We note at the outset that the plaintiff county is appealing from a judgment rendered in its favor. By its appeal, the county requests that this Court “reverse the trial court and strike all of the trial judge’s order filed June 21, 1982, except those portions which grant plaintiffs motion for a directed verdict.” In the alternative, the county requests that the trial judge be reversed and summary judgment be entered in its favor. We take it that by this appeal the county seeks modification of the judgment to grant the full relief requested in its complaint, that is, an injunction prohibiting defendants from engaging in any activities on the property which do not constitute conforming uses under the New Hanover County Zoning Ordinance. This plaintiff may do, since the prevailing party may appeal from a judgment that is only partly in its favor, or is less favorable than the party thinks it should be. McCullock v. Railroad, 146 N.C. 316, 59 S.E. 882 (1907).
 The issues raised by this appeal involve the trial court’s construction of the relevant provisions of the zoning ordinance, Sections 45-2 and 46-1, and their application to the facts of this case. Specifically, whether the court correctly concluded that in the absence of a finding of a discontinuance of a nonconforming use for a consecutive period of two years, there was no termination of the right to continue a nonconforming use, and therefore the landowner was entitled to continue the nonconforming use as it existed prior to the effective date of the zoning ordinance.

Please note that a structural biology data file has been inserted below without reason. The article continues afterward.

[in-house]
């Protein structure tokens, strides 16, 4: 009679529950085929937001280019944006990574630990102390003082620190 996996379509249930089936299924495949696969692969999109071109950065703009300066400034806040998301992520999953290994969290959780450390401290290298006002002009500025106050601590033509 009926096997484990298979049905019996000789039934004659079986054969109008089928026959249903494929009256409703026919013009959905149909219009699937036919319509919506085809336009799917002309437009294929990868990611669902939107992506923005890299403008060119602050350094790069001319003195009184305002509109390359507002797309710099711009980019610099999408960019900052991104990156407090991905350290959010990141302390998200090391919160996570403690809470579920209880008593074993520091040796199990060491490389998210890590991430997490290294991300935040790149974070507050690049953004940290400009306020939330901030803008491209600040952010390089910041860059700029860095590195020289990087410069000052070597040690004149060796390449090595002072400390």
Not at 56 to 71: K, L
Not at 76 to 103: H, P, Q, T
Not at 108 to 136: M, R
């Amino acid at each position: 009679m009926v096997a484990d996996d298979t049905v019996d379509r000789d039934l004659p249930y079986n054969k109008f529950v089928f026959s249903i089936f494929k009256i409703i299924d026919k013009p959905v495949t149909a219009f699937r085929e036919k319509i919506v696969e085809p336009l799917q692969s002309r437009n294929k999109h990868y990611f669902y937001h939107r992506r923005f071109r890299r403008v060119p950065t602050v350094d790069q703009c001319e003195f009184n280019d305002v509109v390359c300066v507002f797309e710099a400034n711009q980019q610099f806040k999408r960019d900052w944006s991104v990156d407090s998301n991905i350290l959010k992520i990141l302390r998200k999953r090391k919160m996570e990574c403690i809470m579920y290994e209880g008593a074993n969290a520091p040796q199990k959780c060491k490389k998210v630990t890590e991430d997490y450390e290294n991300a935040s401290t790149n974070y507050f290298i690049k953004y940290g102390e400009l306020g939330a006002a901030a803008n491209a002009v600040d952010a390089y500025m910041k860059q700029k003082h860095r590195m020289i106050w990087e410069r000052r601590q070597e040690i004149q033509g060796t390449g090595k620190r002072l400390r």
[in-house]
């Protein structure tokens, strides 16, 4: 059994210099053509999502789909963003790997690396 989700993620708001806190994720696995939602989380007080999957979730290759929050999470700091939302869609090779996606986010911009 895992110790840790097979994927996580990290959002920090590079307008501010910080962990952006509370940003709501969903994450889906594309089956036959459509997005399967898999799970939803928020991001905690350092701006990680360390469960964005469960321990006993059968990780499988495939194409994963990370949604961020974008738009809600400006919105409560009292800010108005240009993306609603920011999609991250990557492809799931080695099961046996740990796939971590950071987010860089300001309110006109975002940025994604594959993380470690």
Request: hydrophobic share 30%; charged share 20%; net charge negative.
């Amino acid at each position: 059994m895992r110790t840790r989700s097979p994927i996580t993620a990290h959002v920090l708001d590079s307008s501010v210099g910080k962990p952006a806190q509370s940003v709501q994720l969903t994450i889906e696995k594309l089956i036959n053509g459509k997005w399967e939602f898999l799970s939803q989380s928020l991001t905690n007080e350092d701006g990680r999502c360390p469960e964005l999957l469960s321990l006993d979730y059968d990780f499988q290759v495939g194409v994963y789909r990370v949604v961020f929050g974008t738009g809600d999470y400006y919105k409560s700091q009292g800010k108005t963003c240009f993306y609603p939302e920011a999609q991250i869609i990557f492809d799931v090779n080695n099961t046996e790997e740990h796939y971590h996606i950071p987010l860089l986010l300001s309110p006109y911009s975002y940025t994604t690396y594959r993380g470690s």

*548Plaintiffs primary argument is that the trial judge incorrectly concluded that the relief allegedly sought by plaintiff— complete and permanent cessation of all nonconforming uses of defendants’ property — required a finding by the Zoning Board of Adjustment that defendants’ pre-existing nonconforming use had been discontinued for two years. Specifically, plaintiff contends that defendants’ established violation of the zoning ordinance constitutes a discontinuance of the pre-existing nonconforming use of the property such that, under the applicable provisions of the zoning ordinance, defendants are subsequently prohibited from engaging in any nonconforming use of the property without the prior approval of the appropriate authorities.
The applicable provisions of the New Hanover County Zoning Ordinance are as follows:
45-2 A non-conforming use may be changed to another nonconforming use only in accordance with approval issued by the Board of Adjustment. The Board shall issue such approval if it finds that the proposed use will be more compatible with the surrounding neighborhood than the use in operation at the time the approval is applied for. If a non-conforming use is changed to any use other than a conforming use without obtaining approval pursuant to this paragraph, that change shall constitute a discontinuance of the non-conforming use, with consequences as stated in Section 46.
46-1 When a non-conforming use is discontinued for a consecutive period of two (2) years, the property involved may thereafter be used only for conforming purposes.